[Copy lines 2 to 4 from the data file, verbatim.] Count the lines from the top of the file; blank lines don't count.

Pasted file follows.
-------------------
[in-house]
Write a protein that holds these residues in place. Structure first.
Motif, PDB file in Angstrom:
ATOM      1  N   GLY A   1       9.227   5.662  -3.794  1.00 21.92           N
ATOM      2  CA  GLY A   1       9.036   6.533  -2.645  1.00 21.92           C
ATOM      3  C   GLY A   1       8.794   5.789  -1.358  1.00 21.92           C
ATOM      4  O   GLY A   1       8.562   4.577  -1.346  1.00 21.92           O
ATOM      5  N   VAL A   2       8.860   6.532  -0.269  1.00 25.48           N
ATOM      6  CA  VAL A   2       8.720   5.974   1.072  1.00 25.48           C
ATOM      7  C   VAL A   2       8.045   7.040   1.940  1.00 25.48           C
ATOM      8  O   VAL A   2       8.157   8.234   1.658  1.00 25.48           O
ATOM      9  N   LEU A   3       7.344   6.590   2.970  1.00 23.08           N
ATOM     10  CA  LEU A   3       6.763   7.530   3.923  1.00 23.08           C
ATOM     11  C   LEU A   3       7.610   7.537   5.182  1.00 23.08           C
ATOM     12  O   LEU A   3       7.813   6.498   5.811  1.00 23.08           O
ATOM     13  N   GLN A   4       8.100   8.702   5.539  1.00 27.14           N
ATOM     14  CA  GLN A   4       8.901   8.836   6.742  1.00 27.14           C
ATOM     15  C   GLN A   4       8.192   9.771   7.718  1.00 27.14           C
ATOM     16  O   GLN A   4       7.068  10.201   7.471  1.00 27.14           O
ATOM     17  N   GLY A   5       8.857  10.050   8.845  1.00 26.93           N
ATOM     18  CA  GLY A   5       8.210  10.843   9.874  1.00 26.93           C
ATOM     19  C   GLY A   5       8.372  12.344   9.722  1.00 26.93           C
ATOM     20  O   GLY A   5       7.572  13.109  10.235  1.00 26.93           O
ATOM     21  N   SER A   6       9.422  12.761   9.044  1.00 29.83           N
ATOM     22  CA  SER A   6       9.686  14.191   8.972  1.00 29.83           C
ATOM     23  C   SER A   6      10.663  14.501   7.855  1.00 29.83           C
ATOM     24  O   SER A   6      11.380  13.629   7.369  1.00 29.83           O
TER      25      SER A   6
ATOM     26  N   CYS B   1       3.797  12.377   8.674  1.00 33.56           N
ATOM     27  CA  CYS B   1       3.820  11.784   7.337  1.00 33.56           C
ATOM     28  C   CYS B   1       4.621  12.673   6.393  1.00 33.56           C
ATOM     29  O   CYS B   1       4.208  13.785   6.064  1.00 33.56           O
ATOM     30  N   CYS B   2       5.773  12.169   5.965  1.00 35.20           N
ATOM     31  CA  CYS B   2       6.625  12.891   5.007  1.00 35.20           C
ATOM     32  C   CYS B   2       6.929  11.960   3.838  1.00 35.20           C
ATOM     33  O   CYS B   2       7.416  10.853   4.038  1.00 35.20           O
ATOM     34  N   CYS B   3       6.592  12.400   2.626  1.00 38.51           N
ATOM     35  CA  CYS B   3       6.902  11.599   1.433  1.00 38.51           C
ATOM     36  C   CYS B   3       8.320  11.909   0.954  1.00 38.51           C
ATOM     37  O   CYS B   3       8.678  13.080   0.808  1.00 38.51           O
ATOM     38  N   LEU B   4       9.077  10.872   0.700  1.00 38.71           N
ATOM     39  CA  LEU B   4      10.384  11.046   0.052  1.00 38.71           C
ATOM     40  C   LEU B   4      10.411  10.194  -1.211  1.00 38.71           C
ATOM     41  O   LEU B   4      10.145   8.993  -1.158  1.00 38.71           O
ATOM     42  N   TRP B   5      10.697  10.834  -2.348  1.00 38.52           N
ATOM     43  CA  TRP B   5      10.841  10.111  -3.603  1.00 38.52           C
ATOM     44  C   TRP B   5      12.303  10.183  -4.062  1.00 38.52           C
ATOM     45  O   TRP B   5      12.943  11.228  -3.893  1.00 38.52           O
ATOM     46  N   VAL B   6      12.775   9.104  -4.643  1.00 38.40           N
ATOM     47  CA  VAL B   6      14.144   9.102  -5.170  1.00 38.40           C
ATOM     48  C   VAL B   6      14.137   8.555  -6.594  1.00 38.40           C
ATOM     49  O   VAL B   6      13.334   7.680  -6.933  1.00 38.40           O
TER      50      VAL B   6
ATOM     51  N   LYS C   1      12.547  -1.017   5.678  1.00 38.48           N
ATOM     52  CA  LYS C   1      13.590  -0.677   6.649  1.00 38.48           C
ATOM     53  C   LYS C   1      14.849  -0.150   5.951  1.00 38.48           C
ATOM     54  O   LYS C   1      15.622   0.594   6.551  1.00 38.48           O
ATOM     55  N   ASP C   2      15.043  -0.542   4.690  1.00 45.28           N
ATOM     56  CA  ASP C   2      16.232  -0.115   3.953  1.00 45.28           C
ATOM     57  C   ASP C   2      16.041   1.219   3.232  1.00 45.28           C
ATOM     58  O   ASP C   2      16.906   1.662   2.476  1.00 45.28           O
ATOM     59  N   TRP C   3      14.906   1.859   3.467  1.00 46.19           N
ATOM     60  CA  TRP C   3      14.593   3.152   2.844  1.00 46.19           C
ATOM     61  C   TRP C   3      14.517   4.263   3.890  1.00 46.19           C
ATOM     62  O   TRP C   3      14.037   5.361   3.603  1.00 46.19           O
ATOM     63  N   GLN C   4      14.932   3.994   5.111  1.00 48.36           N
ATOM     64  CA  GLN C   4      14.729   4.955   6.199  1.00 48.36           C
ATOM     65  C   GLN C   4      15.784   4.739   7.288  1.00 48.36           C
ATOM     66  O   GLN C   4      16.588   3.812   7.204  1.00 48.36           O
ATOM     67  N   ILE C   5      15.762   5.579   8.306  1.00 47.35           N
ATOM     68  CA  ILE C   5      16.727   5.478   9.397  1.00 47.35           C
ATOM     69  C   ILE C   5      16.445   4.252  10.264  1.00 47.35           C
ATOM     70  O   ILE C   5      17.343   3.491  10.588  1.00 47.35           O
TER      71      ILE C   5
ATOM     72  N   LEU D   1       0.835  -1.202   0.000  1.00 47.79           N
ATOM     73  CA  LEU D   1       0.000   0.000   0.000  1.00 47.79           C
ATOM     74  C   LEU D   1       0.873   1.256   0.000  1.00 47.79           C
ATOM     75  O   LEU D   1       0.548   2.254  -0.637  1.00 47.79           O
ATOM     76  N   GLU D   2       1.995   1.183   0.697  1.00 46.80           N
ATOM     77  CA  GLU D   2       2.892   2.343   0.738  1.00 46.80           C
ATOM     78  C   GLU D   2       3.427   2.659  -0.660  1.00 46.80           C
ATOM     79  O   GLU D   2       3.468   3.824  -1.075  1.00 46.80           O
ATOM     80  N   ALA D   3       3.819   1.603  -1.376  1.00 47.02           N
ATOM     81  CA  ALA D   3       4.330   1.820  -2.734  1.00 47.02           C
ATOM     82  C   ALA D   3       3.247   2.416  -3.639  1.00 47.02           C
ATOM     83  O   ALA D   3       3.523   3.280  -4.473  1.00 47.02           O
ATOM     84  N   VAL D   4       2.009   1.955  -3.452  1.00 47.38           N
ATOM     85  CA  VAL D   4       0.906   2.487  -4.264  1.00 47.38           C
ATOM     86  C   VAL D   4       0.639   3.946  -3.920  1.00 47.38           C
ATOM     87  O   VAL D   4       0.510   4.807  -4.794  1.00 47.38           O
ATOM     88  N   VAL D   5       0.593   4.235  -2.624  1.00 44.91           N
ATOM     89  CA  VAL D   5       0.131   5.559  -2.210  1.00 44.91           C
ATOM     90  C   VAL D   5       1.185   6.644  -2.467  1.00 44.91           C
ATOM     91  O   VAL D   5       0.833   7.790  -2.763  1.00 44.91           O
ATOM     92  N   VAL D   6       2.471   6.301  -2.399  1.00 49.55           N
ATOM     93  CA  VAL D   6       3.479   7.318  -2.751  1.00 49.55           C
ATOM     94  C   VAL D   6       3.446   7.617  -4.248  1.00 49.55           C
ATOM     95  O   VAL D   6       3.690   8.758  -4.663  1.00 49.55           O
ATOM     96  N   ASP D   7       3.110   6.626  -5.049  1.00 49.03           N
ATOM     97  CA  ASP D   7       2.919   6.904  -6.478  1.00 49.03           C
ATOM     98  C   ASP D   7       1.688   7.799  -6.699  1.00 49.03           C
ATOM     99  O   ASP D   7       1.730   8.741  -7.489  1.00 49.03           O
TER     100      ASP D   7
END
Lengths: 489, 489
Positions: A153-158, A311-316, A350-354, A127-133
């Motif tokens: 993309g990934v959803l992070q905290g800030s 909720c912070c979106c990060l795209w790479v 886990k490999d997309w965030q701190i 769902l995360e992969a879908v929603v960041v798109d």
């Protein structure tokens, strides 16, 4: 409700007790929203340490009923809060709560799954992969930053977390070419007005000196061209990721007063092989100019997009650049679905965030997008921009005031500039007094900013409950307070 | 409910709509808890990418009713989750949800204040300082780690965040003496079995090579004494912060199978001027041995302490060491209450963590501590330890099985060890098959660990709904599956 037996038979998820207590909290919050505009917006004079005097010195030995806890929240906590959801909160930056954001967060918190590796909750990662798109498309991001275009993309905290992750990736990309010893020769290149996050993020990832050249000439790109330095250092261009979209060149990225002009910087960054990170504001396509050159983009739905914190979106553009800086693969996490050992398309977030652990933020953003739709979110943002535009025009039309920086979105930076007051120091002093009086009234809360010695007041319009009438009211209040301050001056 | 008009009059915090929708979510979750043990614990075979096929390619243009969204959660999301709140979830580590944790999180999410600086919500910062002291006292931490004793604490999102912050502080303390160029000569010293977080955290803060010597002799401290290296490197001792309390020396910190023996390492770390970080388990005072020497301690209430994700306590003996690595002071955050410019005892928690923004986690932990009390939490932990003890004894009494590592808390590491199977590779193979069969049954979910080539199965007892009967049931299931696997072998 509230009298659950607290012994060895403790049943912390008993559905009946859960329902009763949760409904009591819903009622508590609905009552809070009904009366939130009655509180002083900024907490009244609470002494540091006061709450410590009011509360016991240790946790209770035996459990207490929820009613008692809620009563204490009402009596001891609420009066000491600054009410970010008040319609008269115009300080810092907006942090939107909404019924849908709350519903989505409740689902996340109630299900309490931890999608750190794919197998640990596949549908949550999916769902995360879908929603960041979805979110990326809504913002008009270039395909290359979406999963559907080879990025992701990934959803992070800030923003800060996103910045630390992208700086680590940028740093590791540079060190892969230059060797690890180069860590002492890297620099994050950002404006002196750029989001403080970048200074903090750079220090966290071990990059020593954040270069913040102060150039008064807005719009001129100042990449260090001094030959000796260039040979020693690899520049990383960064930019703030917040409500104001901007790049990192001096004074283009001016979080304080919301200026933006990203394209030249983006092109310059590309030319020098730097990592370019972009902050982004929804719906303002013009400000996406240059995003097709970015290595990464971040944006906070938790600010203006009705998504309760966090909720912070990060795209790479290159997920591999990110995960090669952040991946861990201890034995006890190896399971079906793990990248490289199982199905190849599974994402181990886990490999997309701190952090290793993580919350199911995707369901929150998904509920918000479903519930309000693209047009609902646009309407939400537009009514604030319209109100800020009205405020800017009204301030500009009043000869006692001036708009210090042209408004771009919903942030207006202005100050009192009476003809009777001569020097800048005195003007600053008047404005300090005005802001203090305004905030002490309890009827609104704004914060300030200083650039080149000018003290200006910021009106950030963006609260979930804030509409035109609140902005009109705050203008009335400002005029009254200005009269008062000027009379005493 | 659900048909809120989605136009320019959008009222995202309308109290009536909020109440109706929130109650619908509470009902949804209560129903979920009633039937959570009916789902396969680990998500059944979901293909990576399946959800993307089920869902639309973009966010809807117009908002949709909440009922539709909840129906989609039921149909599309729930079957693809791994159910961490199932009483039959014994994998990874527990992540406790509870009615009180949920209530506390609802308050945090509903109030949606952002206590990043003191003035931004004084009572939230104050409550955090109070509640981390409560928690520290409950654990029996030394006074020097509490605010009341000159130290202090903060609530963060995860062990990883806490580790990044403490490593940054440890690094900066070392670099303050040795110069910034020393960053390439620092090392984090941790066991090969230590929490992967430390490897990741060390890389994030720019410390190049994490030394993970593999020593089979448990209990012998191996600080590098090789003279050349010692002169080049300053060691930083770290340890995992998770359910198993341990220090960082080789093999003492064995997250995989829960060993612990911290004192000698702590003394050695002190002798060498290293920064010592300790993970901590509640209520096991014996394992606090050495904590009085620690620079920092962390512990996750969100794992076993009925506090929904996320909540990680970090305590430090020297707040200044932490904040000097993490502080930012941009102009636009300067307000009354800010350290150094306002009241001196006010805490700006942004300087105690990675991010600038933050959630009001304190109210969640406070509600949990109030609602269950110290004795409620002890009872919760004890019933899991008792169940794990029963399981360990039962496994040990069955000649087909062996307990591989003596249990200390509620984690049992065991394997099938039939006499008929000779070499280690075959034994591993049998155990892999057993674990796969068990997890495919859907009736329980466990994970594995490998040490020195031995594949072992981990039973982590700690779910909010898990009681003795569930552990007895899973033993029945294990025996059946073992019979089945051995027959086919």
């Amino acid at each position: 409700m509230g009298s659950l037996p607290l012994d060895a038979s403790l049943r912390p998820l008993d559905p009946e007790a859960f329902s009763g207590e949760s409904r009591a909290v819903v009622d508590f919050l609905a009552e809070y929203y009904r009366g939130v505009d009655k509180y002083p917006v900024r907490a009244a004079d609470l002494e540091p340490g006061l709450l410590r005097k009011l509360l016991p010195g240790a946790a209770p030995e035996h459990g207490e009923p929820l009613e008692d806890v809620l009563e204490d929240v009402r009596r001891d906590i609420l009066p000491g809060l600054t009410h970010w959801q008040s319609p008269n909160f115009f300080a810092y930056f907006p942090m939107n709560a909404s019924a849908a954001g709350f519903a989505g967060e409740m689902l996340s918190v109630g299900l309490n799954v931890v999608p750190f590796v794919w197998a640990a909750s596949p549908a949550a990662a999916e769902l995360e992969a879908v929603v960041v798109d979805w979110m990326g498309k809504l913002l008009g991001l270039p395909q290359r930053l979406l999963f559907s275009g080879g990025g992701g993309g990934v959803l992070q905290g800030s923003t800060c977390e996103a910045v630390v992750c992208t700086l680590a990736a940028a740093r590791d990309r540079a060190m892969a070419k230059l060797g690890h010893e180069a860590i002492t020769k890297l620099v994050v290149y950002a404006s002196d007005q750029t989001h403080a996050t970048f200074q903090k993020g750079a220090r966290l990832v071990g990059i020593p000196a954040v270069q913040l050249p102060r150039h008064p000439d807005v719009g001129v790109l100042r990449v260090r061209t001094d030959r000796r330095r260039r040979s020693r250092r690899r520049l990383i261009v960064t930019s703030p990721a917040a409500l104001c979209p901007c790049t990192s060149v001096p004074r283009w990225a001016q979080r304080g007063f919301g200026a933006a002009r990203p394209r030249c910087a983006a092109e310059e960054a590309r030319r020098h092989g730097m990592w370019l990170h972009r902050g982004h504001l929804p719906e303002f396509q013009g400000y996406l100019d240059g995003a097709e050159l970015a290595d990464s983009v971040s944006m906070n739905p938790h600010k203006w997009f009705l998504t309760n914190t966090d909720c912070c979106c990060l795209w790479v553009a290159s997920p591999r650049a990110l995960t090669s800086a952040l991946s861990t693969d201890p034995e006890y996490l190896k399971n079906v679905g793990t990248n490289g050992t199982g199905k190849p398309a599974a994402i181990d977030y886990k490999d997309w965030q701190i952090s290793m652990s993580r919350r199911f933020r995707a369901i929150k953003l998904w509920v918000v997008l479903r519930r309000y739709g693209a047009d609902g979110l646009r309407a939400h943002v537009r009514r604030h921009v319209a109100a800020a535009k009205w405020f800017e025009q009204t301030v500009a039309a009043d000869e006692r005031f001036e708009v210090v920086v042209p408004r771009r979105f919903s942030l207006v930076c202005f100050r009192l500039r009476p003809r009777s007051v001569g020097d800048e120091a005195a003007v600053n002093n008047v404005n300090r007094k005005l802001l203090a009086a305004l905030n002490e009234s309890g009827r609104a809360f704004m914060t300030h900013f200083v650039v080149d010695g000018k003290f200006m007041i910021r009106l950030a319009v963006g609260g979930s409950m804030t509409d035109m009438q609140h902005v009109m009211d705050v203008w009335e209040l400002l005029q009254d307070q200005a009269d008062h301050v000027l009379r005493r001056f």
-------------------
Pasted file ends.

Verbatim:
Write a protein that holds these residues in place. Structure first.
Motif, PDB file in Angstrom:
ATOM      1  N   GLY A   1       9.227   5.662  -3.794  1.00 21.92           N